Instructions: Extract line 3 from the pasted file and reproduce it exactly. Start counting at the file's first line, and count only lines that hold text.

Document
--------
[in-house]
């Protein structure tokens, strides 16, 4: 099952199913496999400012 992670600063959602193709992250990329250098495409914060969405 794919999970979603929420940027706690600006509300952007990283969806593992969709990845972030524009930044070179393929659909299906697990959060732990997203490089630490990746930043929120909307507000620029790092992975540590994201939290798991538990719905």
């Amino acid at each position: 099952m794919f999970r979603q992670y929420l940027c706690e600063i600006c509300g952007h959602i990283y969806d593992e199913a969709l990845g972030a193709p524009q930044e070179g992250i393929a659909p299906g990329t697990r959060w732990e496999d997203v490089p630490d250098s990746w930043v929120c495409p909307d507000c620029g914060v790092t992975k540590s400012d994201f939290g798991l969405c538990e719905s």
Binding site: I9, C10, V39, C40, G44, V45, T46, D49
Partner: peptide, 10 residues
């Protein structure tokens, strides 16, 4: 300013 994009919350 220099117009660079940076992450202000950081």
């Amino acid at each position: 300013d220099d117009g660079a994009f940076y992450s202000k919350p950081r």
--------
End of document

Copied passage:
């Amino acid at each position: 099952m794919f999970r979603q992670y929420l940027c706690e600063i600006c509300g952007h959602i990283y969806d593992e199913a969709l990845g972030a193709p524009q930044e070179g992250i393929a659909p299906g990329t697990r959060w732990e496999d997203v490089p630490d250098s990746w930043v929120c495409p909307d507000c620029g914060v790092t992975k540590s400012d994201f939290g798991l969405c538990e719905s």